There are plenty of literature explaining this, but I’d add, as a theory, this: it’s the lack of organization in terms of how this capital should be used vis-a-vis end-recipient needs and wants. Business has got the equation right already: it doesn’t supply that which isn’t demanded, or a variation, it doesn’t offer a product that it knows won’t pique buyers’ interest, the consequence of discounting this equation well established, and that is, losses and eventually death (if it doesn’t learn quickly). Business is highly-attuned to this consequence.

The business of poverty alleviation on the other hand lacks a common and straight-forward equation. Operation is most often one-sided, focused on the supply side. But what do the end-customers need and want? Compared to business, the community has not been that attuned to it’s consumers nor to the consequence of this practice. Regardless of individual circumstances, tastes, and preferences, it continues to provide “innocent people” products – projects and programs – that it expects to be consumed wholesale, no less. In this, it can learn a thing or two from business: the ability to project, create, and bundle, with just the results of research on small groups, goods and services that appeal to the masses as well as sections of the population.

The community is averse to the term ‘niche’ reasoning that this only applies to the business sector.  When I was starting in the I/NGO sector, with a degree in economics, the first thing I was told was to drop the term and such others from my vocabulary.  I wanted to say WTF but then I thought, I was new and had time to wait and see for myself.  And I saw, time and again, that the community seriously need to understand that it cannot successfully proceed toward social development without understanding it’s link to capitalism (i.e. civil society / social structure as the condition for the rise or development of the middle class).  Understanding that, the community will stop doing everything for people and communities, instead be more of a facilitator.

I remember a meeting I had with a client. We were discussing water and sanitation, the subject of the commissioned study. I asked him if his organization was working with NEDA, or at least with local economic planners. He said they were not and why was I asking that. I said, can I be honest? Off the record? Sure, he said. The way I see it, I said, the lack of toilets among the poor is primarily a strategic one and an economic issue, not of the poor lacking appreciation or awareness of good sanitation as if often cited. If they had regular jobs and income, I said, it’s inevitable that they would want – demand it of themselves or their government – to have better housing and with that, toilets, or better toilets. As one gets richer, I reminded him, one would desire and want things that are better than, or more of, the things one had before or have currently. It’s human nature, I said. At present, they have visceral knowledge of the importance of latrines and sanitation and are only incapable to pay for one or a better one. My point, I concluded, is that your organization could give these people all the toilet and sanitation awareness and appreciation trainings year after year, but if they remain unemployed and there’s no change in their current incomes it’s a futile investment.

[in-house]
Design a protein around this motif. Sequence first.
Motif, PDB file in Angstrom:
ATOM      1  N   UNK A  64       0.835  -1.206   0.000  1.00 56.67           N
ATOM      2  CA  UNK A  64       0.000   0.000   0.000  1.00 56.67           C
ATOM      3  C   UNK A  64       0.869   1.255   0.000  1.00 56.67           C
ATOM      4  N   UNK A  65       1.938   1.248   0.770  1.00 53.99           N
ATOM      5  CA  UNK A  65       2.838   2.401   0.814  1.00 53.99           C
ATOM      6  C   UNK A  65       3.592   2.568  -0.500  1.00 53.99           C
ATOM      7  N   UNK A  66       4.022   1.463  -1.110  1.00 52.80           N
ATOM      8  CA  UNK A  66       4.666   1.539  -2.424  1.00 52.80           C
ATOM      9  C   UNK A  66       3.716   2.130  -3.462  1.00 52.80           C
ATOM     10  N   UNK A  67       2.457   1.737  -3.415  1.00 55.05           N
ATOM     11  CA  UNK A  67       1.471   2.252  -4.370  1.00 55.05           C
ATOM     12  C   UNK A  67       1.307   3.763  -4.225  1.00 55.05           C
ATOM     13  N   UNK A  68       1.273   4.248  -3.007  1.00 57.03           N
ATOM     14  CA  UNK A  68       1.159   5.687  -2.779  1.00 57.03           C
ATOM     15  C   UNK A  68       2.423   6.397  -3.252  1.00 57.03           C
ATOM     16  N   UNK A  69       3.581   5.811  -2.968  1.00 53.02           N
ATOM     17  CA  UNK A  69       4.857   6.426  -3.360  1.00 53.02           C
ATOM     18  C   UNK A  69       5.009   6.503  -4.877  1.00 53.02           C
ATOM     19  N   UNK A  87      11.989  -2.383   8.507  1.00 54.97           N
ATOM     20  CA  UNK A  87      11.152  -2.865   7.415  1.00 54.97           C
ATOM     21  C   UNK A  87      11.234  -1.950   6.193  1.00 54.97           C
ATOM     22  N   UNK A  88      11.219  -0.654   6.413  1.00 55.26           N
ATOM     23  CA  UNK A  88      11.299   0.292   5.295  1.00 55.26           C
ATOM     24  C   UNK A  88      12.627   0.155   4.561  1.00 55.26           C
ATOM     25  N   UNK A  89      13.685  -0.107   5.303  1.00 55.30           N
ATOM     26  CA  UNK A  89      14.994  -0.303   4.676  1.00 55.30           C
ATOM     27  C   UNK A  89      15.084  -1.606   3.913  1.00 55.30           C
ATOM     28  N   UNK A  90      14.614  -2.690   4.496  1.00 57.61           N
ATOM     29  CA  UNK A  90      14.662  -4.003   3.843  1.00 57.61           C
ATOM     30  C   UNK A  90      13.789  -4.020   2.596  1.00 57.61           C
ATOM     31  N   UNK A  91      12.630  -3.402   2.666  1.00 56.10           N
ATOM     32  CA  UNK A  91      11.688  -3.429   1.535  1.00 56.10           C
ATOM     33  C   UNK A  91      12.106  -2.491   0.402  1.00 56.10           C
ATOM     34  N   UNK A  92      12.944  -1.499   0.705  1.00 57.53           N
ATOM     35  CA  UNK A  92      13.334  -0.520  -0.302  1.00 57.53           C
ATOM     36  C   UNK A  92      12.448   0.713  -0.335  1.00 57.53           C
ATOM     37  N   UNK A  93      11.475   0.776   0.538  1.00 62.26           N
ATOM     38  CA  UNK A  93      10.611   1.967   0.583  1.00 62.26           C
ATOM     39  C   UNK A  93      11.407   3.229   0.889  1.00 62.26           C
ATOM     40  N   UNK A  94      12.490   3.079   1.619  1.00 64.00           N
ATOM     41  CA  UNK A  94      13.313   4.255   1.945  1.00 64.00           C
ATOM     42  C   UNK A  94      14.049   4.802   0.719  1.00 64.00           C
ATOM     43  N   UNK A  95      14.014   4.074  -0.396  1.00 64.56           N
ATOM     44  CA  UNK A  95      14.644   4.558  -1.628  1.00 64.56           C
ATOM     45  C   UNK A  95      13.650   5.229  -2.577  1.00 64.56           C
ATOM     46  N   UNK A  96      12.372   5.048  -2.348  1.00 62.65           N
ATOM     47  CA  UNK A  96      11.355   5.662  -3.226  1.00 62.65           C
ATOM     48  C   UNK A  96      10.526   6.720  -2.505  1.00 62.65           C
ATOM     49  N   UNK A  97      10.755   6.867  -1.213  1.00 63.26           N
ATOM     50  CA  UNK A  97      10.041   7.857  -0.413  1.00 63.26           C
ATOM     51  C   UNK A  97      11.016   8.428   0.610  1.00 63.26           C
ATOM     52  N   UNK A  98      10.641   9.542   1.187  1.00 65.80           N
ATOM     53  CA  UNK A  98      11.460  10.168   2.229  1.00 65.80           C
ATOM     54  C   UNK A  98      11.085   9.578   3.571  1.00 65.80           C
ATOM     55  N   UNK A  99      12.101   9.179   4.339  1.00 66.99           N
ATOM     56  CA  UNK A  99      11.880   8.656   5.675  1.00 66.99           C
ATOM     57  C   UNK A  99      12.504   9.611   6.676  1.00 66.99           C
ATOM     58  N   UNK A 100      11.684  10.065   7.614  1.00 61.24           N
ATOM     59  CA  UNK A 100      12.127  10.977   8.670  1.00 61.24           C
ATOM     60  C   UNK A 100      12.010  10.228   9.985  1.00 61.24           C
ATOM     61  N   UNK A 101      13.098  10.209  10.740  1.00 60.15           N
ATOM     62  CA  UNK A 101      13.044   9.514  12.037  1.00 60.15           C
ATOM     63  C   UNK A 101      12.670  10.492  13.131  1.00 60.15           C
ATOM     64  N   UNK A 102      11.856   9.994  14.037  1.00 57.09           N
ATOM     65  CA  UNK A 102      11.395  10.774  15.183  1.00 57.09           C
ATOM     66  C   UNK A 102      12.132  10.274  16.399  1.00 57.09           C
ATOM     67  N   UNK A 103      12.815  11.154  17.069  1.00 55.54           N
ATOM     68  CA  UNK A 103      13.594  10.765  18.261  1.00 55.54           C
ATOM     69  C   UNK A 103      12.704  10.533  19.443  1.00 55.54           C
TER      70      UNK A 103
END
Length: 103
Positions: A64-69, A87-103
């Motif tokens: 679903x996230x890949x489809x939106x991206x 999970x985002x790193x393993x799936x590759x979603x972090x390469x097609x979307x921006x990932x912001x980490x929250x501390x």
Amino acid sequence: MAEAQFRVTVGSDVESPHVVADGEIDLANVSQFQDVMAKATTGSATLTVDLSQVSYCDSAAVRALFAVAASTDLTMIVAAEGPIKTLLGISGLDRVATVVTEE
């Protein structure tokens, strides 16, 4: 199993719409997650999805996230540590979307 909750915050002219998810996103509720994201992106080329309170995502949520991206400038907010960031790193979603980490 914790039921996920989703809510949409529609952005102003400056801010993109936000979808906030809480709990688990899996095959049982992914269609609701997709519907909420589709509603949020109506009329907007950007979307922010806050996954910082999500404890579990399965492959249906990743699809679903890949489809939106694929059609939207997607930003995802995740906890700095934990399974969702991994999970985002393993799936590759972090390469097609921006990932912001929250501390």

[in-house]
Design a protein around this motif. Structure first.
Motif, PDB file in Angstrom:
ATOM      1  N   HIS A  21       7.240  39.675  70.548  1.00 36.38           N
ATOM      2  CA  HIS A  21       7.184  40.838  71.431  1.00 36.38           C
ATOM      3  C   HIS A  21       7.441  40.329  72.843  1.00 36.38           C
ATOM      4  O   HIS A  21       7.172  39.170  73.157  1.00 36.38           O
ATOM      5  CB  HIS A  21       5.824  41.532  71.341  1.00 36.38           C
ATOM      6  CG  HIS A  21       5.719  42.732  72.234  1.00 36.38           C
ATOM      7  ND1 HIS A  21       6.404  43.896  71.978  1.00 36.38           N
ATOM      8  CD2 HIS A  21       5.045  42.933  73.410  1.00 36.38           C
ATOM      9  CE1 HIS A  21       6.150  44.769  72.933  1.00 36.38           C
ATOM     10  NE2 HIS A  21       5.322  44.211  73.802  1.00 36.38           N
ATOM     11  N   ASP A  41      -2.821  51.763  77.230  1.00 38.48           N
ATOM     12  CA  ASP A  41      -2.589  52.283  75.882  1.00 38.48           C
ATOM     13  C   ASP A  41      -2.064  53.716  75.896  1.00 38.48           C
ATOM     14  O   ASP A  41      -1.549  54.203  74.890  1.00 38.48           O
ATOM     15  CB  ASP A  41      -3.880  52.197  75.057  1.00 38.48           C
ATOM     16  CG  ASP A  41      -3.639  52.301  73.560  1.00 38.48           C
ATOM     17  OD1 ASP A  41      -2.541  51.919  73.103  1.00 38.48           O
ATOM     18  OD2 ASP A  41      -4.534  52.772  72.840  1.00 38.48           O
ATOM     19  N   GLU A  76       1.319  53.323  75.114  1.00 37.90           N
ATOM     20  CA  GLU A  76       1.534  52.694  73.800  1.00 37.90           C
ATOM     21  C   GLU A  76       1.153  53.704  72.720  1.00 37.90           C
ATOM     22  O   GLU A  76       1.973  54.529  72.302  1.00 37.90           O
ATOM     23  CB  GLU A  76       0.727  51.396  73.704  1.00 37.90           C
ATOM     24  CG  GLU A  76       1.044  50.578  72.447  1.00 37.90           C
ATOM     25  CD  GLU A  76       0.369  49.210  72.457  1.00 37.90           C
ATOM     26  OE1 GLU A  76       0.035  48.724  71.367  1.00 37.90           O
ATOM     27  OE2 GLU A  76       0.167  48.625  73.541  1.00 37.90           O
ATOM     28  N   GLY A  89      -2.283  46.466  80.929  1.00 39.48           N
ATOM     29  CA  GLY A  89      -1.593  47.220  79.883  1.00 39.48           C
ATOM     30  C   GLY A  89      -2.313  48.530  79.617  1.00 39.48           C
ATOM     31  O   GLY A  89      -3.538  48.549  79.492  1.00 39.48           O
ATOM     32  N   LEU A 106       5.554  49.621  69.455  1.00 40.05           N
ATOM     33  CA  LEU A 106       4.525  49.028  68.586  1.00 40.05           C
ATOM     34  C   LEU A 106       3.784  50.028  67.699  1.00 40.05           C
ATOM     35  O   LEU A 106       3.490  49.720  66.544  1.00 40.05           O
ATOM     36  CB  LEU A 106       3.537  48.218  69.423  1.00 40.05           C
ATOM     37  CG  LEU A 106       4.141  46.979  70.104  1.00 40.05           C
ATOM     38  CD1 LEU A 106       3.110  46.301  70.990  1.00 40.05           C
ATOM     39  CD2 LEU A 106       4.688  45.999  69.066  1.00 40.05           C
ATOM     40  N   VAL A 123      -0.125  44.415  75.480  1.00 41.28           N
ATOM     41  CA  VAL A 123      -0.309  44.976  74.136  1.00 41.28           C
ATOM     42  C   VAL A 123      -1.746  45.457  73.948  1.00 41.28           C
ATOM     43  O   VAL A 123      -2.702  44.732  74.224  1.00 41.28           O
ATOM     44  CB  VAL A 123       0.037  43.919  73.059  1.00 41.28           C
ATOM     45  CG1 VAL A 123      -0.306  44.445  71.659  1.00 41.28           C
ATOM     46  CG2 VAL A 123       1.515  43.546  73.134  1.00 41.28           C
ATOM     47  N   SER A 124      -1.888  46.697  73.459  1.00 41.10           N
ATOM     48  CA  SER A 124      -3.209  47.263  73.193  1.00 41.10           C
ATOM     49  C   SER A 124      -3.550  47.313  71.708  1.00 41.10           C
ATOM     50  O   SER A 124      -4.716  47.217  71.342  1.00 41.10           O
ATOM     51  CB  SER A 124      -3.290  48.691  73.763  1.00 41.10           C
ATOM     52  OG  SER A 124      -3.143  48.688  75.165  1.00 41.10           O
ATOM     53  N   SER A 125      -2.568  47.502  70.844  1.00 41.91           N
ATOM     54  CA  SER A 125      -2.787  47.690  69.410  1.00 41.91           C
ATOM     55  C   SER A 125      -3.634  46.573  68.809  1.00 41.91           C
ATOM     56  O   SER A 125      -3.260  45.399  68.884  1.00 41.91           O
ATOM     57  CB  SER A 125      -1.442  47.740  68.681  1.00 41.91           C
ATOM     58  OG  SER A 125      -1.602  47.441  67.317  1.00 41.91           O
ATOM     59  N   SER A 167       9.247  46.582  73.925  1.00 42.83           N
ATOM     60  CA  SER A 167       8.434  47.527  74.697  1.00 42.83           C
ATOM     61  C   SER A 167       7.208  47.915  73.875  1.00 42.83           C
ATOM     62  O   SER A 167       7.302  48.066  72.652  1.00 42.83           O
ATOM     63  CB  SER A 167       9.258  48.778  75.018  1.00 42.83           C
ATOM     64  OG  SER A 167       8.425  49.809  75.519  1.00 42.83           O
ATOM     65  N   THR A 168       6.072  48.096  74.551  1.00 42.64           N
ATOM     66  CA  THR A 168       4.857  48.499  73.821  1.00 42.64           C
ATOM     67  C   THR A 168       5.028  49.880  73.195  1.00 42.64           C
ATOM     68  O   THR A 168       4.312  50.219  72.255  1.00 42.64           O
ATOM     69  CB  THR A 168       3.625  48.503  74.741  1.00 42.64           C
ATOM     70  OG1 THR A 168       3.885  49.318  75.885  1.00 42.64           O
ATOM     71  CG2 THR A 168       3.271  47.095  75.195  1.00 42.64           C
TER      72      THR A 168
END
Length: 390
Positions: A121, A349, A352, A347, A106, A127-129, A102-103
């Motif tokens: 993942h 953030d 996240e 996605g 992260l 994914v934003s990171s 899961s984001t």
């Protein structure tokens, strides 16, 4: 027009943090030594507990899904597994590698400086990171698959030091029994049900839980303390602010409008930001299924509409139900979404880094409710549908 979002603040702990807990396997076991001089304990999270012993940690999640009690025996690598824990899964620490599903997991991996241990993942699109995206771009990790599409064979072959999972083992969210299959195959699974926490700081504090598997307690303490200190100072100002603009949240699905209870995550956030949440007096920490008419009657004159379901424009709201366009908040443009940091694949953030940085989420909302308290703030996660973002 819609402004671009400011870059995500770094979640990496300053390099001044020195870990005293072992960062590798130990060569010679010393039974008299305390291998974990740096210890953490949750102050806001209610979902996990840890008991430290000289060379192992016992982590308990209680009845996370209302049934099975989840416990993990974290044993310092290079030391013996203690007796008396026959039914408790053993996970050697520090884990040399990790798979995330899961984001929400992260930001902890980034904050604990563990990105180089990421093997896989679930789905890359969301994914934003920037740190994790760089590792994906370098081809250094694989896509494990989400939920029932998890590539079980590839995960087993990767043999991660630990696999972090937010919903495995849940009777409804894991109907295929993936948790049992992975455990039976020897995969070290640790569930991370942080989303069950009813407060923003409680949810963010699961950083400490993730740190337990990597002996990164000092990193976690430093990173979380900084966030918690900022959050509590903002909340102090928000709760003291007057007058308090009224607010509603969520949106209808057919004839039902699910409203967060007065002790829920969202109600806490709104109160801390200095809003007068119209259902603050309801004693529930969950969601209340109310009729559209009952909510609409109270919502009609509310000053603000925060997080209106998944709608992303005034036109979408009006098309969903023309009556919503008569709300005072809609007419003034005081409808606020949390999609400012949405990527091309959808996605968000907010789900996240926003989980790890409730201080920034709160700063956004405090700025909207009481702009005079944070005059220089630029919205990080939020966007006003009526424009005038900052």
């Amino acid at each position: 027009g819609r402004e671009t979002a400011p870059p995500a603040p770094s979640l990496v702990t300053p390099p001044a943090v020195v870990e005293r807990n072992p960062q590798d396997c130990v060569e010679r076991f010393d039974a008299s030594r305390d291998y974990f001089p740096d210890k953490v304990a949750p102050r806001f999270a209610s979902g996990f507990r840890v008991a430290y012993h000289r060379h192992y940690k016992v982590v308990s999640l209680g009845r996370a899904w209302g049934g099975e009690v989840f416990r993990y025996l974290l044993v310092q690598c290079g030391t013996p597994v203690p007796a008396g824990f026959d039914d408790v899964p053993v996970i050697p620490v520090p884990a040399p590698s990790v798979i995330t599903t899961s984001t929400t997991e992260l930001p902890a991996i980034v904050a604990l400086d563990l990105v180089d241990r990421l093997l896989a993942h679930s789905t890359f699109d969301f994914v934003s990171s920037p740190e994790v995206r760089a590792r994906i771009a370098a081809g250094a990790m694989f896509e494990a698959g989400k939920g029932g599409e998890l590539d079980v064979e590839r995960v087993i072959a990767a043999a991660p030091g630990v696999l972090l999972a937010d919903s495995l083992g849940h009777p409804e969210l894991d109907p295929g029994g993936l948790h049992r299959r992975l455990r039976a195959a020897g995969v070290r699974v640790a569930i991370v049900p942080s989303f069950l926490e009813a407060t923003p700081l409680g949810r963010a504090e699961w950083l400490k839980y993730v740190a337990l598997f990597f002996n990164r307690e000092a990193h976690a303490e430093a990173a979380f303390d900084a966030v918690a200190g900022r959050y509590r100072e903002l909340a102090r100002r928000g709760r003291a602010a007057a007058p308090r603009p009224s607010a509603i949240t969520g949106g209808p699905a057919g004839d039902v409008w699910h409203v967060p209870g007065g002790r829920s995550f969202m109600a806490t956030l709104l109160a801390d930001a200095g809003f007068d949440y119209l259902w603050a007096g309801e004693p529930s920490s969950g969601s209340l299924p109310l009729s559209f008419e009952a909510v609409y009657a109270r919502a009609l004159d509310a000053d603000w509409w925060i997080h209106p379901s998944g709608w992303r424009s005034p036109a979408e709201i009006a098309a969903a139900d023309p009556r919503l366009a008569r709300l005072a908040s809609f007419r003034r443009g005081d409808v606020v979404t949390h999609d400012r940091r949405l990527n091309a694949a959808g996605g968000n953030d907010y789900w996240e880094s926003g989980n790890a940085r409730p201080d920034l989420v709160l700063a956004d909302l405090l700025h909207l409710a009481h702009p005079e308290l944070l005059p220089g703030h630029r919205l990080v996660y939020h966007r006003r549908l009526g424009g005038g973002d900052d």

Another example, resilience building in the context of rapid economic growth and financial crises.  Instead of imitating what business or government does, I/NGOs can: organize “innocent people” and assist them in setting up mechanisms to process information, retrain them to read the market and meet it’s ever new demands, link them to the market, and provide continuing technical support. With their new-found independence and mobility that comes from having income of their own, “innocent people” no more will themselves avail (demand) goods and services (e.g. health care, better housing, water supply) they need or want. Of course, the support I’m referring to here is that targeting the so-called bottom billion who are not in emergency situations (in that case, they’d need immediate care and assistance – where the current way of doing things has actual impact).  With institutions, for instance schools, it can:  support student organizations and along with school administrators and personnel train them in skills that would help them access funding on their own (e.g. reading the donors’ market, techniques in brainstorming for ideas, identifying ideas that sell, proposal development and writing), link them to other donors and organizations, local and international, and support them in building up their project management portfolios.

In other words, facilitate and build competent social organizations (the foundation of a strong civil society and a critical element in economic (and political) development).  Business and government do not do that.  It simply is not in their best interest.